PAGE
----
The soundtrack performed by Emilie Simon is also worth a mention.  The music is dreamy and moody.  It suits the plot well.  Emilie is a French singer who plays electronic music.  If you have a chance to check out her music, I would recommend you to do so.  Her music can be found in SingTel AMPed, arguably the world’s worst designed Android app.  Alternatively, you may check out her official YouTube channel.

Delicacy does not have a thought provoking open ending like many European movies do.  However, it does have a flavor to it.  Perhaps, what the filmmakers want to tell us is that to help someone in overcoming the pain of losses hidden inside, one must relive her past, understand it, only then there is hope to moving on.  On a side note, I think the title is appropriate in every way to describe the movie, especially Tautou’s character.

The Vow – What if One is to Lose Years of Memory?

Woah.  Just imagine.  If one is to lose years of memory, how would that change his or her life and those around?  While facts of life like who the parents are do not change over time, our recent hobbies, our career, love life, recently acquired skills, friends, things that we shouldn’t have done but did, and things that we should have done but didn’t  do.

That’s why my friends, blogging is good.  While one may forget where he or she stores the diary (if you have one), a website is [more or less] always there.  I see blogging as an extension of my memory, as well as the memory of some of those who are around me.

I guess reading recent events that one has forgotten is not the same as restoring one’s memory.  It is not the same as living it, is it?  And here we are, a movie inspired by true events.  The Vow tells a story of a married couple.  After a road accident, the wife has lost her recent memory.  To the new her, the husband is a stranger and her ex-fiance still gives her butterflies in the stomach.  The recent life changing decisions, all wiped off from her memory.  Given this unfortunately event, can the husband win his wife’s love the second time?

All along, I thought The Vow was a romance comedy.  OK, comedy or not, it is a technical definition.  At the end of the movie, inside the theater, TK on my left said, “This is not a comedy”.  Cynthia on the right said, “This is not a comedy”.  Fine.  Cynthia did cry.  It is an emotional drama.  There are tons of on-screen chemistry between the main characters, in a moving plot.  We felt the pain and joy, and everything else in between.

I am a fan of Rachel McAdams.  To me, she could well be one of the most charming actresses in Hollywood.  Cynthia seems quite pleased with the rather handsome looking Tatum, whom I wish he would supplement his acting with some danceing (he is good at it I remember).  The Vow is about seeing a glass half empty or half full.  It is a story of a second chance not to be used to wipe off the past, but to relive the good and the bad once again.

Salmon Fishing In The Yemen – Good Humor, With An Enlightening Spirit Within

I overheard in the radio one evening that Emily Blunt has rejected quite a few movie proposals lately including Captain America.  Yet she has decided to take on Salmon Fishing in the Yemen.  Emily is a great actress.  So I was curious.  Why salmon fishing?  When offers two movie preview choices, subconsciously I picked this one.  I am happy that I did.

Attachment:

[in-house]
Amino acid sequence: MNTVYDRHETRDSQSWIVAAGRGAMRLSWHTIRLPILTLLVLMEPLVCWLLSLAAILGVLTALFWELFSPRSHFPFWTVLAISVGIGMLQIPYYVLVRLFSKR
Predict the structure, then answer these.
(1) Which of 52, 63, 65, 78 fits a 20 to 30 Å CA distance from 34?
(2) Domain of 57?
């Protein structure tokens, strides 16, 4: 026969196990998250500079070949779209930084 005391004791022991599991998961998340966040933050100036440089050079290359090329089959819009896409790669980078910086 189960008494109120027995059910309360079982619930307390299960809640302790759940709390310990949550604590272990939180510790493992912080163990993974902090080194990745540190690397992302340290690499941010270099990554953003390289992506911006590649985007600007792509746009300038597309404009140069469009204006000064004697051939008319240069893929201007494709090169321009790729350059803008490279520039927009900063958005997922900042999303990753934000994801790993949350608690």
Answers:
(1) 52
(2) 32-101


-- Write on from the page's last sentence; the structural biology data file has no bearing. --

This movie begins with an unusual business proposal to set up salmon fishing in Yemen.  At the same time, there are some conflicts happening in the Middle East and the UK government is desperately looking for some good news to orchestrate.  When an government official played by Kristin Thomas catches wind of this rather bizarre business idea, she immediately lends her support on this matter.  It is funny that she cares not about the salmon, but the potential political gain.  Emily Blunt plays an investment consultant while Ewan McGregor plays a subject matter expert in fishing.  It is Harriet Chatwode-Talbot versus Dr. Jones.  I chuckled at the pronunciation of the names spoken so many times with a British accent throughout the movie.  The interaction between Emily and Ewan is light and playful.  Kristin as a supporting role is quite honestly a gem to this casting.  Such good actors, they are.  I smiled and chuckled.  The story does get a bit more serious towards the end.  All in all, Salmon Fishing in the Yemen is full of humor and original ideas.  Great acting, with a witty script.  If British romance comedy is your cup of tea, this film is not to be missed.

On a more serious note, for those who are not familiar with the world map, Yemen is somewhere in the Middle East.  To create a fishing area in a desert area seems absurd.  Comparing fishing to religion also seems absurd (among many other things in the movie).  But with an open heart though, both activities require patience and faith, and a hope that something good may happen.  To think deeper, the storyteller tries to tell us that love comes from hope which requires patience and faith.  This movie transforms the simple act of fishing into something bigger, embracing lovers and a community alike.

If not for my blogger friend JoV, I would not have known that Salmon Fishing in the Yemen is originally written as a novel.  Do drop by her website and check out her book review.  She highly recommends the book.  I have this belief that when the story is good, the movie is often good too.  I have not read the book so I do not know how well this book is being adapted.  In the movie, the shifting in the relationship dynamic seems a bit abrupt to me.  I may need JoV to verify for me.  I suspect it is because the movie may not have the luxury of time in the development of a love story.  Other than that, the rest of the movie flows nicely, from beginning to end.